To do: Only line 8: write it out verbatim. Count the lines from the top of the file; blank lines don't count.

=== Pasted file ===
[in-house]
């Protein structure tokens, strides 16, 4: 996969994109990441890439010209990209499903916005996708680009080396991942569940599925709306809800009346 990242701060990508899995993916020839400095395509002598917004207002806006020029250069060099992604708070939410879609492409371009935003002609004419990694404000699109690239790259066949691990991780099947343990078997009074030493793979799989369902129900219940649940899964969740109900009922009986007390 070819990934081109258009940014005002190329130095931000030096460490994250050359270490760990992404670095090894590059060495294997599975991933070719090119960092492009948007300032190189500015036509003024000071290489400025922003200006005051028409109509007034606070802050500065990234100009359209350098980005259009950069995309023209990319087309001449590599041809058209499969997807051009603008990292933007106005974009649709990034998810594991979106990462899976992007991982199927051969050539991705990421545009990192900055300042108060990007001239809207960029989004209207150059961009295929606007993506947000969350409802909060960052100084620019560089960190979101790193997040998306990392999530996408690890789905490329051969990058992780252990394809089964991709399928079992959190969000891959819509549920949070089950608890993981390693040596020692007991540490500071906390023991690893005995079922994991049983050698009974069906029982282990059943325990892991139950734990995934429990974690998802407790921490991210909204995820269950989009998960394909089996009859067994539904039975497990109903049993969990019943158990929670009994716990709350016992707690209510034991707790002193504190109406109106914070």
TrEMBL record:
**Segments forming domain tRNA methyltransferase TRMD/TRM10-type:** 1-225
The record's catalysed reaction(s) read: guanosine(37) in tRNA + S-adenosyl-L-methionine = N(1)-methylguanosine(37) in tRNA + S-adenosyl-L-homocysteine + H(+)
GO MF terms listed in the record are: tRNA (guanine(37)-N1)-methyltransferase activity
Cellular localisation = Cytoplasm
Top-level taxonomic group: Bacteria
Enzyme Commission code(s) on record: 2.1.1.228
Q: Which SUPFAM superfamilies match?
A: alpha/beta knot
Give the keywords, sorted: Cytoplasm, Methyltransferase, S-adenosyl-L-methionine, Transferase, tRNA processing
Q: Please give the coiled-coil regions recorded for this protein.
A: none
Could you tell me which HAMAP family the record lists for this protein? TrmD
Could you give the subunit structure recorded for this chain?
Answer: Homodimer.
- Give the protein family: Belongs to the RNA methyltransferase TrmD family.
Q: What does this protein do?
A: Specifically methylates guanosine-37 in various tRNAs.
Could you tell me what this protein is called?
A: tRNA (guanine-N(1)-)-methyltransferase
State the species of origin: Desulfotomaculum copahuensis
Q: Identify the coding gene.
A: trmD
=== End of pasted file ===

Top-level taxonomic group: Bacteria